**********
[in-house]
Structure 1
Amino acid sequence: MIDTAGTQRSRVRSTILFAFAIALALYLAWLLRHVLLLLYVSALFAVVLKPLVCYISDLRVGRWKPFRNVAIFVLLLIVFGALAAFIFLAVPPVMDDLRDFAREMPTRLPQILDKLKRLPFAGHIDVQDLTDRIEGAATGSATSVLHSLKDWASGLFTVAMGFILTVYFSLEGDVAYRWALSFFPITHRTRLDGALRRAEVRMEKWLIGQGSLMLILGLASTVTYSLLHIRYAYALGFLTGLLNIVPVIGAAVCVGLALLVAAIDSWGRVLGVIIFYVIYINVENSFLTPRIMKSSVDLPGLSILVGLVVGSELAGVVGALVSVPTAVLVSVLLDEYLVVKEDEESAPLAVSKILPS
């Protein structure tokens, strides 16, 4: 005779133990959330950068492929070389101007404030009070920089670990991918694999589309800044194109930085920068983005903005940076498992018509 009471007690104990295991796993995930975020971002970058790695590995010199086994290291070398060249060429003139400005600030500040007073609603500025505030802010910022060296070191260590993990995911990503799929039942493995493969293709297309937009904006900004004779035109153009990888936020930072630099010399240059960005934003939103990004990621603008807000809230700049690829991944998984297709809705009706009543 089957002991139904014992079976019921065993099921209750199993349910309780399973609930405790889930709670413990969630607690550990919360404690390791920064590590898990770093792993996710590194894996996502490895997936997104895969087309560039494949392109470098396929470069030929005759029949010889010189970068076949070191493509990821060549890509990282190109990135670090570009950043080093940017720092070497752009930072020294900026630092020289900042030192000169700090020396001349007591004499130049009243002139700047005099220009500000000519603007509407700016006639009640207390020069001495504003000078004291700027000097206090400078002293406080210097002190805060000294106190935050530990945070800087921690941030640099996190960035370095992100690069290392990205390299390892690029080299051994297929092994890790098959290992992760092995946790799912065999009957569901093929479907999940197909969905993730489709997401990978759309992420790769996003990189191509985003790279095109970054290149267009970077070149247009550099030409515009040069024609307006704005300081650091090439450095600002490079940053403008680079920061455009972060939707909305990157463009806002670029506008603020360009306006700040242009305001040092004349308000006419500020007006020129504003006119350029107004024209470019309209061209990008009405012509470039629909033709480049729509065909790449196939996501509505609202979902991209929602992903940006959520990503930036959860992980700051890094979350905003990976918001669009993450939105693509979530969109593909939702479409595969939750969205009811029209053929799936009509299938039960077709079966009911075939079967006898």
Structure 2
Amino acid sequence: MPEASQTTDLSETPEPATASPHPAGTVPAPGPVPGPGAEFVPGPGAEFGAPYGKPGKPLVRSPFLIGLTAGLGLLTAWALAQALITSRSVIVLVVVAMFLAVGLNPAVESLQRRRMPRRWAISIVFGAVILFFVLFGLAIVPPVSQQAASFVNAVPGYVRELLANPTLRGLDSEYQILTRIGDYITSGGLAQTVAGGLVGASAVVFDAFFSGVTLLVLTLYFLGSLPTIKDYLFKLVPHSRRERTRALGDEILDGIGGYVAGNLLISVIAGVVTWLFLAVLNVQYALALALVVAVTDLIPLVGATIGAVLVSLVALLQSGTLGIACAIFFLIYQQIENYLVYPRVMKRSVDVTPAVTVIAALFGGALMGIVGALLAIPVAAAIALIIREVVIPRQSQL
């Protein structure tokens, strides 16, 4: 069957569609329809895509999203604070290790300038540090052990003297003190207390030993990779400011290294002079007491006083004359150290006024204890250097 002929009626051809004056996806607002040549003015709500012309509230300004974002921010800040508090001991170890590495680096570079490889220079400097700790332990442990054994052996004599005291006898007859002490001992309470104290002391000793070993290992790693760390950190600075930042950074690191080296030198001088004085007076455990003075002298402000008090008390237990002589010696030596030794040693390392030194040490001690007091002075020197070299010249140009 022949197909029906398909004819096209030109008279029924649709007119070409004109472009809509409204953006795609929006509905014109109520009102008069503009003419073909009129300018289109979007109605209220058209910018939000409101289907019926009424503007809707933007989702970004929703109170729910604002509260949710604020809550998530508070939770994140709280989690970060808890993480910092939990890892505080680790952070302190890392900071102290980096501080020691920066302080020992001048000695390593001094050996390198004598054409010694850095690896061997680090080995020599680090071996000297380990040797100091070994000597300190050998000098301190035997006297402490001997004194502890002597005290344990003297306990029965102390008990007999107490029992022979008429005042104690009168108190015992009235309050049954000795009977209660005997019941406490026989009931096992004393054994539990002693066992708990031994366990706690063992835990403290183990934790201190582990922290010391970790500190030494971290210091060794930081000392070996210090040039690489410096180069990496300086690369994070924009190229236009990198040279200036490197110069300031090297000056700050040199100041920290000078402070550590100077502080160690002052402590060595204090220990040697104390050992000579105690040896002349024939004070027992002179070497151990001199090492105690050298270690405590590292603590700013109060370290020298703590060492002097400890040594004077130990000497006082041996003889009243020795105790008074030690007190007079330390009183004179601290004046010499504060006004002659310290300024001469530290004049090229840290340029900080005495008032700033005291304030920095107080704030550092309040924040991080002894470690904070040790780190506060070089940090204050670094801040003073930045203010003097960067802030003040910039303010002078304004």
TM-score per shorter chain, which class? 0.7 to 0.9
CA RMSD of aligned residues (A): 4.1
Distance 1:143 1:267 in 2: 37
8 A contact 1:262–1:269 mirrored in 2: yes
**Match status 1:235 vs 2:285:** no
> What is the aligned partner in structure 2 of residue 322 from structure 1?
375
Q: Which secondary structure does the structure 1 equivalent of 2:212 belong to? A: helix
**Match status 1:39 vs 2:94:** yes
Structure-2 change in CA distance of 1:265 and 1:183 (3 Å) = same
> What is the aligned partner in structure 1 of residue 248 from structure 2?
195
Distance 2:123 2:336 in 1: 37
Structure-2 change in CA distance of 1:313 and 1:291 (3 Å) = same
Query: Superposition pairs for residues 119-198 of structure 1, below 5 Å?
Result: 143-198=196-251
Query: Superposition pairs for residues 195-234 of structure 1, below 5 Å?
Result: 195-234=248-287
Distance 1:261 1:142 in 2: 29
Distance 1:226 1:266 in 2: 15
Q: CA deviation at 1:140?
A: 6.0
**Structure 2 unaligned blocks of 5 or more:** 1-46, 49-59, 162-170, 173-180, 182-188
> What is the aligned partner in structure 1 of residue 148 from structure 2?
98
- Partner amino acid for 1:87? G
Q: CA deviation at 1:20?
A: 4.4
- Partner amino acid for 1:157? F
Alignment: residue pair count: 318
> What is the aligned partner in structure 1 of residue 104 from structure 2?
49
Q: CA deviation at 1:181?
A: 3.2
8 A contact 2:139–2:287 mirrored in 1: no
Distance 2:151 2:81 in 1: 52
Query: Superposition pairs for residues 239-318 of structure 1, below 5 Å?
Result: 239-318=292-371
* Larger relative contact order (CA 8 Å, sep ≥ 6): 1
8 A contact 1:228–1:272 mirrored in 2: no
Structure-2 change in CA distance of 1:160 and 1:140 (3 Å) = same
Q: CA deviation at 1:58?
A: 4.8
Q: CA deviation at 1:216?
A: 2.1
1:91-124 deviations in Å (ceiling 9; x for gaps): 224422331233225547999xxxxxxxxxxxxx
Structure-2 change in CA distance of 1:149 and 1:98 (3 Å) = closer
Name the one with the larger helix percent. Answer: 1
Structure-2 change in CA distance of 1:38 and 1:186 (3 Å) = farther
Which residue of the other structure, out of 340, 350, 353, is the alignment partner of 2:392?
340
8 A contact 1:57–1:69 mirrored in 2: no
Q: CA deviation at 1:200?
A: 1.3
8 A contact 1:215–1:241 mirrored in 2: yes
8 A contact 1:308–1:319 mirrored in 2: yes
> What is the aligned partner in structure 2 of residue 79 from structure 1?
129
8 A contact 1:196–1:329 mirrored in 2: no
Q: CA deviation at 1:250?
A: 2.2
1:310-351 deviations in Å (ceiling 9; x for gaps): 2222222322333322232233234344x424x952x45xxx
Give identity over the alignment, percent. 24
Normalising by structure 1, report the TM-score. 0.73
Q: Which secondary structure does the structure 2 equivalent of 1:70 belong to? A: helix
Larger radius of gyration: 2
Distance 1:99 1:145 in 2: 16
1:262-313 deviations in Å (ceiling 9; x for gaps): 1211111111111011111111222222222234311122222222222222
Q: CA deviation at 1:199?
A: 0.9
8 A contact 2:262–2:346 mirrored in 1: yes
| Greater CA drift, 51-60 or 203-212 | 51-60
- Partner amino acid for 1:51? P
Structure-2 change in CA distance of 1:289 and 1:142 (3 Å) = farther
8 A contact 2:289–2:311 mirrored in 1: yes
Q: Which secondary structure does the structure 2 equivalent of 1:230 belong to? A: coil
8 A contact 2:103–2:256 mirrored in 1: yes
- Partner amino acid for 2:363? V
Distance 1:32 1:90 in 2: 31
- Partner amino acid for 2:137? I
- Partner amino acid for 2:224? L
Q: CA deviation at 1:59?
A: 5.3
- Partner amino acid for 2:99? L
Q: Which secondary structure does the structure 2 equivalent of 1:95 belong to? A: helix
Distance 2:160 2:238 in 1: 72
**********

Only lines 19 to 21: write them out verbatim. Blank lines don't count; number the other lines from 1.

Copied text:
195
Distance 2:123 2:336 in 1: 37
Structure-2 change in CA distance of 1:313 and 1:291 (3 Å) = same